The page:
- Body size: Mature bulls can be up to twice the size of mature cows. Young bulls may be similar in size to the cows, so be sure to confirm the sex using other indicators as well.
Determining the sex of the caribou is important because some areas restrict harvesting cows to preserve the caribou population. Cows can produce more calves to keep growing the herd, so it’s often best to shoot bulls unless otherwise indicated. It’s important to check regulations in the area you’ll be hunting so you know what you’re allowed to shoot. In most cases, err on the side of caution and seek out bulls.
7. Know How to Handle Meat
After you successfully shoot and recover your caribou, you’ll have to carry it back to camp. Keep this in mind when stalking herds and picking out a bull. If you’re hunting alone, be prepared for several trips back and forth to pack out all the meat. Be sure to check the area’s hunting regulations to ensure you’re taking all the meat possible. Additionally, it may be several days until you’re scheduled to be picked up, so you’ll need to preserve the meat as best as possible until then.
Keep the meat off the ground and covered so it stays cool and dry. Most importantly, you’ll need to do your best to prevent bears and bugs from getting to the meat. Pack your meat in meat bags and spray them with citric acid to keep bugs away. As for bears, Alaska is full of them. While most of them will want nothing to do with you, you need to be prepared for dealing with them.
Many hunters either use bear spray or a firearm to protect themselves and their meat from wandering bears. Keeping your camp clean and storing the meat downwind of your area can also help keep bears out of your space.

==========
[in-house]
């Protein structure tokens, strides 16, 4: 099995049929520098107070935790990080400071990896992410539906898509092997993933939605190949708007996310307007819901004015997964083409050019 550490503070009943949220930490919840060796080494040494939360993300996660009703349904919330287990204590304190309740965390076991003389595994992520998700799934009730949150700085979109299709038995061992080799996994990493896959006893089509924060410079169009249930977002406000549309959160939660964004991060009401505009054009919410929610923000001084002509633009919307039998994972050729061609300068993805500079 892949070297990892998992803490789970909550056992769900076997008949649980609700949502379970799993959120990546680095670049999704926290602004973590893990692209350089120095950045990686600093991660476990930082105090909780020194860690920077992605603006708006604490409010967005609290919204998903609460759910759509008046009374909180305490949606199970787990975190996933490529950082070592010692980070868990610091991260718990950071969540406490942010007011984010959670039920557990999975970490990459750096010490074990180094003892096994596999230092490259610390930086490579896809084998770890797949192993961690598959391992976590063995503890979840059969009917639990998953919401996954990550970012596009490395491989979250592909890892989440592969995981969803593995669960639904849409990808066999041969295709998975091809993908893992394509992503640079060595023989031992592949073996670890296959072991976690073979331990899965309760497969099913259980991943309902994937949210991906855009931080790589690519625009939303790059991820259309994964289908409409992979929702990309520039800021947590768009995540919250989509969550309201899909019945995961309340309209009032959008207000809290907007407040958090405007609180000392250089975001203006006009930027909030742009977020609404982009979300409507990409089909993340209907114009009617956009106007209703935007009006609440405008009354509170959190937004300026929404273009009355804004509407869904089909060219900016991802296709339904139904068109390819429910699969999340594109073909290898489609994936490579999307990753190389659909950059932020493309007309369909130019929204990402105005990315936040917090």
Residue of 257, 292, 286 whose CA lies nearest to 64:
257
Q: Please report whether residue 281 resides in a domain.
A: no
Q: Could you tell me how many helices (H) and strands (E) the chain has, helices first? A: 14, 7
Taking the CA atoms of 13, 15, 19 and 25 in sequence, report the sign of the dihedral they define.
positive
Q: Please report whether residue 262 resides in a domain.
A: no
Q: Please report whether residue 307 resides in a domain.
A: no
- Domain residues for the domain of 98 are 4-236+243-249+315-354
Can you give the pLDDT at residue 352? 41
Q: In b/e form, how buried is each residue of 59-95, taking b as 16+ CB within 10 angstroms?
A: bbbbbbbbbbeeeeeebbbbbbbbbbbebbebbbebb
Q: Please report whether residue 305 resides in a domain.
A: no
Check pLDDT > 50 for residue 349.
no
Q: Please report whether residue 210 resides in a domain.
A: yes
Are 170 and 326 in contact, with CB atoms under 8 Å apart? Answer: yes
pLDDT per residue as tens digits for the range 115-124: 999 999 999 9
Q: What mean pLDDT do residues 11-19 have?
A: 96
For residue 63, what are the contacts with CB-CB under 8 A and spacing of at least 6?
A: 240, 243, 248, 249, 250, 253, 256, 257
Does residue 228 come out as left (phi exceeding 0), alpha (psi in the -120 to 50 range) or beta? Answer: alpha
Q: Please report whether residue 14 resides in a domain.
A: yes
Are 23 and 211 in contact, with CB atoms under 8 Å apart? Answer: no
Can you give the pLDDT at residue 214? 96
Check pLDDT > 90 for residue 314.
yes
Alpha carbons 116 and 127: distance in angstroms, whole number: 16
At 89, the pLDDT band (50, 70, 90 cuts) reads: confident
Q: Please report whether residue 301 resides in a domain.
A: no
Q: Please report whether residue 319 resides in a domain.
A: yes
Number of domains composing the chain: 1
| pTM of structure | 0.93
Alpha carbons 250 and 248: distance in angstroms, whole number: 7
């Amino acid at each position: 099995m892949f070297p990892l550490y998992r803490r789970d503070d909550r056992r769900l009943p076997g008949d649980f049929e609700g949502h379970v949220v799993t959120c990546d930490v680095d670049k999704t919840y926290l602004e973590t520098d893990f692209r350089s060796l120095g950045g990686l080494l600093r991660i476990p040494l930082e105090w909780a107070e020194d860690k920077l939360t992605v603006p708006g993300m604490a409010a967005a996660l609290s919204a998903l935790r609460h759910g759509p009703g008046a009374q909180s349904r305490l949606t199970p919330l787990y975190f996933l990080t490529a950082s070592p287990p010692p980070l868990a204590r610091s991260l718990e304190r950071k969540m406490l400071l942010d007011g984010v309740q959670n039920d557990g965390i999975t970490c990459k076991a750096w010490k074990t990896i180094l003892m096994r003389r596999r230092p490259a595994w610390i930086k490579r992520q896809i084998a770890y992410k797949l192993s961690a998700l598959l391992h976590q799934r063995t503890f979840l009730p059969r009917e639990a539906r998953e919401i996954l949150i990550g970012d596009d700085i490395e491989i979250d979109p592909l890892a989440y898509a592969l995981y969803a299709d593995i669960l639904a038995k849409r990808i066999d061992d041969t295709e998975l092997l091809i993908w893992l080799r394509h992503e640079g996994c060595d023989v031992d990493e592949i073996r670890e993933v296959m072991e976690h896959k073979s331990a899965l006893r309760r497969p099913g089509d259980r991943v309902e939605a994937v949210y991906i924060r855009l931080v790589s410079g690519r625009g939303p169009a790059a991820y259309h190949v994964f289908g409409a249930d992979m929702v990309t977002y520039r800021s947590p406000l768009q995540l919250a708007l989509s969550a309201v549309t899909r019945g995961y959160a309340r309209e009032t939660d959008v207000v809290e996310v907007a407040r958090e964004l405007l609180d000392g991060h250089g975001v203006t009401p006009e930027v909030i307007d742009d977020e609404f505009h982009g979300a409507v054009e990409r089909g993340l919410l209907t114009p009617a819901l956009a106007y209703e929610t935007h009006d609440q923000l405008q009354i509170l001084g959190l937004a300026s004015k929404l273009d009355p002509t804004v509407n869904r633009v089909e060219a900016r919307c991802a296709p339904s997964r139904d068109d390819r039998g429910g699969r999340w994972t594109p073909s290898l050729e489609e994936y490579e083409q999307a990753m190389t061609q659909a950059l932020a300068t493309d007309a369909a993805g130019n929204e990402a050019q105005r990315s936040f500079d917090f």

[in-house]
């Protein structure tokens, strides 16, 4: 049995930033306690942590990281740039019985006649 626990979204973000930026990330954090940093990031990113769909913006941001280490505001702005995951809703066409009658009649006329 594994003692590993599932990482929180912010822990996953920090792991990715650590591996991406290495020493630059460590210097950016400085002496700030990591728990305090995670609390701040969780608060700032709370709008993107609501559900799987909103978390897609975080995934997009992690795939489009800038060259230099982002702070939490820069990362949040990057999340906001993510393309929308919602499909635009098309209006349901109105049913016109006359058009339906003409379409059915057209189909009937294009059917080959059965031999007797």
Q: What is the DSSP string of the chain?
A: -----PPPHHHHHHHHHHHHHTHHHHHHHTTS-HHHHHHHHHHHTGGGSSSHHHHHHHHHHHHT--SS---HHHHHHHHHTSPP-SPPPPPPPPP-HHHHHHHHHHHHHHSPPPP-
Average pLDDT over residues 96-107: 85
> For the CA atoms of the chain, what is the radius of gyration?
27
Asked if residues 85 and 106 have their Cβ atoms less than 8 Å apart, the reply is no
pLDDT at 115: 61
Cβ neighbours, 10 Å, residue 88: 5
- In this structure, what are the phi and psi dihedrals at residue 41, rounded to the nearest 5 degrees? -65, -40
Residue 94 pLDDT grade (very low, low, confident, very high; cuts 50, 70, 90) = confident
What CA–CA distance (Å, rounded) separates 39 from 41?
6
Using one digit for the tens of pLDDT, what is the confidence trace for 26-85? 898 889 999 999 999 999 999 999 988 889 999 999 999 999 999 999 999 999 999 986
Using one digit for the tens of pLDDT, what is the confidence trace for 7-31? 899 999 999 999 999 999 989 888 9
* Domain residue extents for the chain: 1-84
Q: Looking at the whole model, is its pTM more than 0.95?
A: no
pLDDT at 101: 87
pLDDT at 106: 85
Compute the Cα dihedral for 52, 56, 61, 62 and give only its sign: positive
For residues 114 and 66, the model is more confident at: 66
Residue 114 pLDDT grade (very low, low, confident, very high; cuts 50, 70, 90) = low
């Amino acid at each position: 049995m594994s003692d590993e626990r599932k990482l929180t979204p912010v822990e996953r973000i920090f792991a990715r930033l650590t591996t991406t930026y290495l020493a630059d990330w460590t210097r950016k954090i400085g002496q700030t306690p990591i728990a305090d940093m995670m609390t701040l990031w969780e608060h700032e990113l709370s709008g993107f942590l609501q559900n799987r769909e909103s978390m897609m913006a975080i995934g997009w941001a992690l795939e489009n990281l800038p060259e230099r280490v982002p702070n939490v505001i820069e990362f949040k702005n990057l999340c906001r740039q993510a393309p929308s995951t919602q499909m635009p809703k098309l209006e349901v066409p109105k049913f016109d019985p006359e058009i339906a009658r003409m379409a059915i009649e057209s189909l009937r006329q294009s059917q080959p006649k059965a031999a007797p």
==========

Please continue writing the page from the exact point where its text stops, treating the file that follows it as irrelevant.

8. Get Hunting Trip Insurance
With any hunting trip, there is always a certain level of risk involved. While most hunters value safety and take every precaution in the book, accidents and injuries can still happen. Caribou hunting insurance protects hunters who are involved in an accident that causes property damage or injury to themselves or others. In these situations, liability cases can be extremely damaging to a person’s finances and personal assets. When a hunting accident occurs, hunting liability insurance helps protect you from costly lawsuits.
Consider investing in hunting insurance before leaving for your caribou hunting trip. Knowing you’re protected in case anything happens gives you peace of mind and helps relieve any unwanted stress during your big trip.
Be Prepared for Your Caribou Hunting Trip
While hunting insurance may seem like another added cost you can go without since you’re already spending money on a big hunt, it’s something you’ll wish you had when you find yourself in an unexpected accident. It’s nearly impossible to prepare for everything, though you can prepare for caribou hunting safety with hunting liability insurance from XINSURANCE. Our specialists can help provide you with insurance for all types of hunting trips and activities.
You should be able to enjoy hunting without overthinking every move you make. Before scheduling your caribou hunt, get in touch with us to find out what kind of coverage we can offer you.
Rick J. Lindsey hails from Salt Lake City, Utah. He began working in the mailroom of his father’s Salt Lake City insurance firm, getting his introduction to the business that became his lifelong career. Rick J. Lindsey quickly rose through the ranks while working in nearly every imaginable insurance industry job. As an entrepreneur, specialty lines underwriter, claims specialist, risk manager, and a licensed surplus lines broker, Rick J. Lindsey is highly skilled in all levels of leadership and execution. As he progressed on his career path, Rick J. Lindsey discovered an urgent need for insurers willing to write policies for high-risk individuals and businesses. He was frequently frustrated that he could not provide the liability protection these entities desperately needed to safeguard their assets. He also formed the belief that insurance companies acted too quickly to settle frivolous claims. Rick J. Lindsey decided to try a different approach. He started an insurance company and became the newly formed entity’s CEO. This opportunity has enabled Rick J. Lindsey to fill a void in the market and provide a valuable service to businesses, individuals, and insurance agents who write high-risk business. XINSURANCE also specializes in helping individuals and businesses who live a lifestyle or participate in activities that make them difficult for traditional carriers to insure. If you’ve been denied, non-renewed, or canceled coverage, don’t give up quite yet. Chances are XINSURANCE can help.